Awarta, Beit Furik, Huwwara, Za'tara (Tapuah), יום א' 13.7.08, בוקר
Translation: Suzanne O.
There is one car from the west and a small number of vehicles from the north, however, as we continue on in the direction of Huwwara, more vehicles turn up and the number rises to 27.
One car is in the queue. There are some 10 pedestrians at the turnstile who are inspected speedily. There are no additional people at the other side of the roadblock.
There is one lorry at the entrance and 10 in the queue at the exit from the town. There are no lorries at the back to back. Ziad complains about the low number of lorries at the back to back, lately they prefer to go to Sha'ar Efraim which causes him, and those like him who haul goods, to lose business.
There are about 20 people at the turnstiles. It is quiet, even the military policewomen do not raise their voices. The full equipment is present: x-ray machine; dog handler and the whole procedure of removing belts and putting them on again. The commander, D., comes over to us, wanting to talk. He tells us that early this morning it was very busy.
We got reports about problems at Azon Atma and started to drive there. However, just then we received information about an attack on Palestinian shepherds at the west of Huwwara roadblock, we therefore turned back and took the road to Bracha. A number of Palestinians were gathered there, a few internationals, the border police and the civilian police. It turns out that they came because of another problem: a Palestinian came over to us and told us that he and his children were picking almonds in their grove when settlers arrived and threw stones at his children and his donkey.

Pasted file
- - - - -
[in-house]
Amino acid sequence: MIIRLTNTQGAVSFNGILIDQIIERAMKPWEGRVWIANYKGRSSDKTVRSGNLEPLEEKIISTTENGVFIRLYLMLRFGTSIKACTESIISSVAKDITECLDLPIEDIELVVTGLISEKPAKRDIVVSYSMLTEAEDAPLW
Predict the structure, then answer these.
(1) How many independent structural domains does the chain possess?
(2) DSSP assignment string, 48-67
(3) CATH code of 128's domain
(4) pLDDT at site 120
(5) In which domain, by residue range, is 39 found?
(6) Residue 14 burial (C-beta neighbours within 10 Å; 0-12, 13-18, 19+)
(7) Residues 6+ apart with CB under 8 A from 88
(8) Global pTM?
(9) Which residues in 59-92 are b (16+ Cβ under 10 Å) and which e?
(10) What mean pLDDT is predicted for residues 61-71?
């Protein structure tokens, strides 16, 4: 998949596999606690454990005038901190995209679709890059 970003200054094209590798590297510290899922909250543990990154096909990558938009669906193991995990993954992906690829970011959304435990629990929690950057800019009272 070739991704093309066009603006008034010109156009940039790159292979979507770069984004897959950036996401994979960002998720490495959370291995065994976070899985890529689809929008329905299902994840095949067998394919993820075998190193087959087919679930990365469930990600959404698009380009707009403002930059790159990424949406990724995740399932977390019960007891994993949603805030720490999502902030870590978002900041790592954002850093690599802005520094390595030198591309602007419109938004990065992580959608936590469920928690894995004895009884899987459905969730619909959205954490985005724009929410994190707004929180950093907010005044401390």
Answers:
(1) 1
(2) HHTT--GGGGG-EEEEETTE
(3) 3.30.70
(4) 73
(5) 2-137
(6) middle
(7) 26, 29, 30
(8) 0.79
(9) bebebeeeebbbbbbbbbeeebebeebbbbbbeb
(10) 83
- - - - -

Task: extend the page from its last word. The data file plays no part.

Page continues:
A border policeman, who did not like our presence there, demanded to see Yael's ID card. She refused and informed him that only a civilian policeman is permitted to make such a demand. He claimed that the policeman was busy and asked him to demand her documents. Obviously Yael did not show them. A major was present and we wanted to hear what he had to say about the incident, but he was busy talking on the phone and then talking to a settler - we were unable to hear what they said. Meanwhile the Palestinians continued on their way to the grove, accompanied by internationals. We spoke to a soldier who promised that the army would now guard the pickers. We did not hear about the incident with the shepherds, they had already left by the time we got there.
We tried to go to Azon Atma, which we had tried to do early this morning, but we were still unable to find it. Meanwhile there were no more calls for help from there.
A group of about 20 Palestinians is led by soldiers from the Israeli side of the road to the other side.